On the other hand, when I am processing my files in Capture One and Photoshop, especially when I’m using adjustment layers and masks, there’s nothing better than using the pen on the screen surface. In the studio, I use an Intuos or more recently the Cintiq, so I’m used to the pen – in fact, I find it really frustrating to use a mouse these days for image editing.

And most importantly, the MobileStudio Pro has a great screen image. It’s not perfect – it’s not as accurate as my EIZO monitors, for instance, but it’s 85-90% as good. I can return from a trip with processed files and when I put them on my EIZO, which I know is 99% accurate (I’d say 100%, but I know we have some very technically minded readers out there), I don’t have to change the colour at all and the tonality usually just needs a little lightening up in the shadows. It’s the closest I have come to be happy with what I process out in the field.

And one final, illogical reason: the MobileStudio Pro is heaps of fun to use! You can see me working with an earlier version of the MobileStudio Pro in my Tales By Light television episode (available on Netflix). Even if my photos aren’t up to scratch, the Wacom certainly helps me look the part!


Peter Eastway
August 2018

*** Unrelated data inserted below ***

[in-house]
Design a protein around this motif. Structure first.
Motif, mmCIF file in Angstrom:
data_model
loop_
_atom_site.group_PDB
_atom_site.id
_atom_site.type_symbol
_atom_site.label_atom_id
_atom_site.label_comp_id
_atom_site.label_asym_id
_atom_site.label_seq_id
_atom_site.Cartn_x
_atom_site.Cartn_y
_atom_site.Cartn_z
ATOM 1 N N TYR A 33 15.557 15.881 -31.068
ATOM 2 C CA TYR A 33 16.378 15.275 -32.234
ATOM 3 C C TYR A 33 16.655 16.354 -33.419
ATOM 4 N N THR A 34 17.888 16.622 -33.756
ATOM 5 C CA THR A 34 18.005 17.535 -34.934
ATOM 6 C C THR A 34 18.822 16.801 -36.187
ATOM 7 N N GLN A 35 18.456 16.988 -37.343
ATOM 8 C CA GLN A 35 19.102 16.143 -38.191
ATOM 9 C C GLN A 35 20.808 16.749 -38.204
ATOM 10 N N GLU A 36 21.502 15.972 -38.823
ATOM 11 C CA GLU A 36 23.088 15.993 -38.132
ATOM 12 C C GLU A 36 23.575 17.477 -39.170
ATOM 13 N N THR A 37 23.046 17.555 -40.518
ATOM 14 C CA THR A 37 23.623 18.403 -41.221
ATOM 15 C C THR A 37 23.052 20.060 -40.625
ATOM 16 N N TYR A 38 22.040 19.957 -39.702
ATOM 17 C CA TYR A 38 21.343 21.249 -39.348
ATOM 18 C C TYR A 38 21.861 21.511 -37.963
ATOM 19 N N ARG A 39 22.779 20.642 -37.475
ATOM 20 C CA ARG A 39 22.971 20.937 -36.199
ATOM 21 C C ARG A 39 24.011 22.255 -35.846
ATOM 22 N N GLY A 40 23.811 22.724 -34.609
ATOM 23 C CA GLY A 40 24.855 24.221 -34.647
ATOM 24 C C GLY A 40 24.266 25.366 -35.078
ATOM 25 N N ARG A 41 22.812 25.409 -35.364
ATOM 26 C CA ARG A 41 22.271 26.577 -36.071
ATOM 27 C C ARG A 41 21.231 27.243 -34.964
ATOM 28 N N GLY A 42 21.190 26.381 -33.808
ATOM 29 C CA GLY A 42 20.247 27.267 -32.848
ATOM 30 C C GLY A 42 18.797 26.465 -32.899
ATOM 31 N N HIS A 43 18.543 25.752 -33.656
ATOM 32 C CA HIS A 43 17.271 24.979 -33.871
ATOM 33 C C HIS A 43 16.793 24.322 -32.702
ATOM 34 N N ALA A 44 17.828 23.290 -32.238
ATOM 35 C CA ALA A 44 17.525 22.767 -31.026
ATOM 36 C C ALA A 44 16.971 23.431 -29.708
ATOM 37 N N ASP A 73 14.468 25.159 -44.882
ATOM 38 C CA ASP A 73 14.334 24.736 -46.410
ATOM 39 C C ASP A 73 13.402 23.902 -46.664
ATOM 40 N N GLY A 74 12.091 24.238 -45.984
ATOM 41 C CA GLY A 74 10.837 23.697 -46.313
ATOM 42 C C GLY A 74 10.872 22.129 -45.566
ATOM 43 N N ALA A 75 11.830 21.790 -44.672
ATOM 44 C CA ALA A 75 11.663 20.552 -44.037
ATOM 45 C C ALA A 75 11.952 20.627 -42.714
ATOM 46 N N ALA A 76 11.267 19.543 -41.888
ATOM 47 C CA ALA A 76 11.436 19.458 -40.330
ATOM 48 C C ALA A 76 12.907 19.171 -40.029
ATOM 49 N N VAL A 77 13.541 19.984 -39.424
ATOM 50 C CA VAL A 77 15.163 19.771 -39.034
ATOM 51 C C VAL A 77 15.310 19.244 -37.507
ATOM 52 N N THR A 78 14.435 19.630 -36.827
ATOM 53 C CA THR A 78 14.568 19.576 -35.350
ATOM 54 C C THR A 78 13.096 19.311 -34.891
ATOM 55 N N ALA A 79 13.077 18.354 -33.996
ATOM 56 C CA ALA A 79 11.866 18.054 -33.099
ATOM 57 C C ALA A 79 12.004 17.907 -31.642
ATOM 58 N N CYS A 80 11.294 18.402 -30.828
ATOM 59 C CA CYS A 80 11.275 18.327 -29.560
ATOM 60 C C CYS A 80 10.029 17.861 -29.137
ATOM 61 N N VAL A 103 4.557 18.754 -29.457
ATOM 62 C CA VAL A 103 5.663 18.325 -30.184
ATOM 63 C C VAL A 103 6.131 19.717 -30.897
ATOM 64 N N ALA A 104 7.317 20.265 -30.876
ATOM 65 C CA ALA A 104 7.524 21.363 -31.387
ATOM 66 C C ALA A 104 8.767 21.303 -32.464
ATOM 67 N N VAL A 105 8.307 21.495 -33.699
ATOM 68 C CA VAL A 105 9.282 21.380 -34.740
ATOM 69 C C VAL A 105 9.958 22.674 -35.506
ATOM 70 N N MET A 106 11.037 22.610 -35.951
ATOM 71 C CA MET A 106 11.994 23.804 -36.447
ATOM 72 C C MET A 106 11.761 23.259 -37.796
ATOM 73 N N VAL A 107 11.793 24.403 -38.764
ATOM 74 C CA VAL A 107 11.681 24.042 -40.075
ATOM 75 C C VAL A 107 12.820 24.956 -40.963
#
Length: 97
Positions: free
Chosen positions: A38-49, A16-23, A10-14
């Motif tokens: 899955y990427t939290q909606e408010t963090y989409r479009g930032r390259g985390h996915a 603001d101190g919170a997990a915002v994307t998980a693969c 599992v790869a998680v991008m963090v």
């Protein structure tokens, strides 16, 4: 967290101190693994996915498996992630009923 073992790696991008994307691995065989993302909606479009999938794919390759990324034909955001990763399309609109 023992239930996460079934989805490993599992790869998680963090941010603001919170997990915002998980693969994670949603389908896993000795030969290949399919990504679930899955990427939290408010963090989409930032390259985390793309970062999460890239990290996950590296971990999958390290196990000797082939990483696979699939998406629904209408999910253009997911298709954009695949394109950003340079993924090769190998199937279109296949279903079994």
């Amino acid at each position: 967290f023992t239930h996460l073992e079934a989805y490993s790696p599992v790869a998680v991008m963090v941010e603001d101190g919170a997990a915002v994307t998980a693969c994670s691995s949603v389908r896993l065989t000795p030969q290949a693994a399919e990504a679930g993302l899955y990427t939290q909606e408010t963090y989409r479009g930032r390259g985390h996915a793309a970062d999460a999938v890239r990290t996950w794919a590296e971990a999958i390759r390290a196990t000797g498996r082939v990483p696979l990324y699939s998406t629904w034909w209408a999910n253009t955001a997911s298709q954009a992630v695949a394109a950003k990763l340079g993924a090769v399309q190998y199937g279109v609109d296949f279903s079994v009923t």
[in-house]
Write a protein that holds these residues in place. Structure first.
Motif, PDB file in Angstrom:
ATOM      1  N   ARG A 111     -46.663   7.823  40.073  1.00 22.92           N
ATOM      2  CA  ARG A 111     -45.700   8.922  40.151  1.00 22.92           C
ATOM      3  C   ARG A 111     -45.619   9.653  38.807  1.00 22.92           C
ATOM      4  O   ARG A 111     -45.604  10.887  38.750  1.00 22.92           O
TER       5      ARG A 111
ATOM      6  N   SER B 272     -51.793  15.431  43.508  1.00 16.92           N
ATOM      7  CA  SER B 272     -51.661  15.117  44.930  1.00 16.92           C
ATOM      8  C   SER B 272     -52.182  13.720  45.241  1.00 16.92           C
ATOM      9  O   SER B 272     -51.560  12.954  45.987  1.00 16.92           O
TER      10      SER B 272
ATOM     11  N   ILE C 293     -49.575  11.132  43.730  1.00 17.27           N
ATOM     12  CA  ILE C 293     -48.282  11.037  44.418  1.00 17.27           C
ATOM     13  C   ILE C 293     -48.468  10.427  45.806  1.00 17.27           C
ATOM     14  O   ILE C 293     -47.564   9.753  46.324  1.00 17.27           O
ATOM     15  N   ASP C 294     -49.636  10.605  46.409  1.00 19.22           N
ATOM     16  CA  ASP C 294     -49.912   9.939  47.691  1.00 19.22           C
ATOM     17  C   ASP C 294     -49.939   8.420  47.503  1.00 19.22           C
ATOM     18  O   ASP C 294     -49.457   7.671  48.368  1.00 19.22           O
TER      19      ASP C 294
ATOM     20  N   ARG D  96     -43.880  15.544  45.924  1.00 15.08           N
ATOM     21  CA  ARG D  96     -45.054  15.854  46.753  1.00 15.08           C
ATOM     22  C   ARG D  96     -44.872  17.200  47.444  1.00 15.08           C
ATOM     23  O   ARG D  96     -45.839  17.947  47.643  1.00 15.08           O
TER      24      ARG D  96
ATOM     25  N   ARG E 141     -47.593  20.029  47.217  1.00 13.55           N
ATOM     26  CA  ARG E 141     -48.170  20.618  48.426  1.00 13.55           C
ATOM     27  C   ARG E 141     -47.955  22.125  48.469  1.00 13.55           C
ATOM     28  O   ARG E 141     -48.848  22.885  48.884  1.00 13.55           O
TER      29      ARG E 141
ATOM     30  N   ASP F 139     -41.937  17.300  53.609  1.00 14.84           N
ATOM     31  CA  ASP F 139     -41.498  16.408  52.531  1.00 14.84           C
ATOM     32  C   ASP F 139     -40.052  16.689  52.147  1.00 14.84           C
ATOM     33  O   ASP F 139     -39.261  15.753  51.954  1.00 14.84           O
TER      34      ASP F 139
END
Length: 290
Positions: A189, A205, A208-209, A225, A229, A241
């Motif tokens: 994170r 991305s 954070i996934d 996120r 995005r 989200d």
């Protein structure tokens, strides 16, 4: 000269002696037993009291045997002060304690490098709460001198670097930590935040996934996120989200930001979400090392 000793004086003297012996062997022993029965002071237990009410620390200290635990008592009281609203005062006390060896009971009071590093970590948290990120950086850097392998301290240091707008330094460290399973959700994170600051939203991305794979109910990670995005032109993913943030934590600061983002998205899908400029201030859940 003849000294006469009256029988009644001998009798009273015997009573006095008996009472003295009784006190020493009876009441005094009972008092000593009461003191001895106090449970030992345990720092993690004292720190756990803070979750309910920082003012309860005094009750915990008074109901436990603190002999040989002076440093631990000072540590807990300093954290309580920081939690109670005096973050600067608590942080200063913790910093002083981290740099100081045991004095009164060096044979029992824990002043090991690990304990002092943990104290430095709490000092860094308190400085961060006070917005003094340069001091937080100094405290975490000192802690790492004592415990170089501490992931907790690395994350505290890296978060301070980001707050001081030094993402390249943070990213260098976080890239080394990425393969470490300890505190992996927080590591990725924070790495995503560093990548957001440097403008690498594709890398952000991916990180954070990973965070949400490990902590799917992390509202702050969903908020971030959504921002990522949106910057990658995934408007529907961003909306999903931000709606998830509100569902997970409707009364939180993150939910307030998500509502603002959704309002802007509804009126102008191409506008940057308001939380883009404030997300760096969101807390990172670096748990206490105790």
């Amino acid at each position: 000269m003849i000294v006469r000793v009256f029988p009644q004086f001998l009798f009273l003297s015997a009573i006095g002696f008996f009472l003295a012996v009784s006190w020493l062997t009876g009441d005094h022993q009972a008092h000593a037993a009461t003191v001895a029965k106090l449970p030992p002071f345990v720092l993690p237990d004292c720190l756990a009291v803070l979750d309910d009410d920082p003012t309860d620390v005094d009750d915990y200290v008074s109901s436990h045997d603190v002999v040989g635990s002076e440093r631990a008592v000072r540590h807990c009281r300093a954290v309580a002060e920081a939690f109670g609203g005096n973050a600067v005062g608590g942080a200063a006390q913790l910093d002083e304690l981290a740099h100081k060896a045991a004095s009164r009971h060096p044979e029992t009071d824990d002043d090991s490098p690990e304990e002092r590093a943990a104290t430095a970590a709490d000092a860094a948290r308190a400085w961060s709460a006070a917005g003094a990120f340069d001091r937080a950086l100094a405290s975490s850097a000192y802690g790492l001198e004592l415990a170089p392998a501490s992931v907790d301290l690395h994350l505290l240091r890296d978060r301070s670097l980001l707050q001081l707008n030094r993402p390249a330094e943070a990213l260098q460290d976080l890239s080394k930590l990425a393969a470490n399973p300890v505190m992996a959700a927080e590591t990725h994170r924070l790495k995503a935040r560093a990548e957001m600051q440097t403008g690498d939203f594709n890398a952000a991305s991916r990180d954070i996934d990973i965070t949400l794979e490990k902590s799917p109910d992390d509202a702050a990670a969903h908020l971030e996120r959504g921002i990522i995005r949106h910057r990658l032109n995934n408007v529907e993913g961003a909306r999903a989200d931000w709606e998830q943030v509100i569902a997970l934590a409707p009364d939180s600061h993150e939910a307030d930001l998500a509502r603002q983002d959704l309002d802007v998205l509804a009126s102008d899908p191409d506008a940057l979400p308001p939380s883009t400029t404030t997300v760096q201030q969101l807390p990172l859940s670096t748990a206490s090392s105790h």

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About Peter Eastway APP-L, G.M. Photog., Hon. FAIPP, FNZIPP, Hon. FNZIPP, FAIPP Peter Eastway is an Australian photographer known internationally for his landscape photography and creative use of post-production. A practicing professional, he shoots editorially (mainly for Better Photography magazine) and works selectively in advertising and portraiture. Peter has been involved in photographic magazine publishing for over 30 years, establishing his own title, Australia's Better Photography Magazine, in 1995. As a result, Peter and his websites are a wealth of information on how to capture, edit and print, offering tutorials, videos and inspiration for amateur and professional photographers. Peter’s work has been published and exhibited internationally over the past 40 years. He was the author of the Lonely Planet’s Guide to Landscape Photography. His photography has featured on the cover of the Lonely Planet’s guide to Australia, in articles in the Qantas in-flight magazine, and in an international Apple television commercial. And he has worked with Phase One researching and promoting its high-end medium format cameras and Capture One raw processing software. He was one of the featured photographer in the first Tales By Light television series aired on the National Geographic Channel in Australia and produced in partnership with Canon Australia. It can currently be viewed on Netflix. Peter Eastway is a Grand Master of Photography, a Fellow and an Honorary Fellow of the Australian Institute of Professional Photography, and a Fellow and Honorary Fellow of the New Zealand Institute of Professional Photography. He won the 1996 and 1998 AIPP Australian Professional Photographer of the Year Award. He is a WPPI Master of Photography. He is an ambassador for a number of international photography brands, including Canson, Eizo, Epson, Momento Pro, Nisi, Phase One, SanDisk, The Edge Photo Imaging, Wacom and Zenfolio. Peter speaks nationally and internationally on topics including landscape photography, Photoshop techniques, publishing and the business of professional photography. Peter is in his fifties, rides a short surfboard, believes two skis are better than one, and in case you're buying him lunch, he is vegetarian.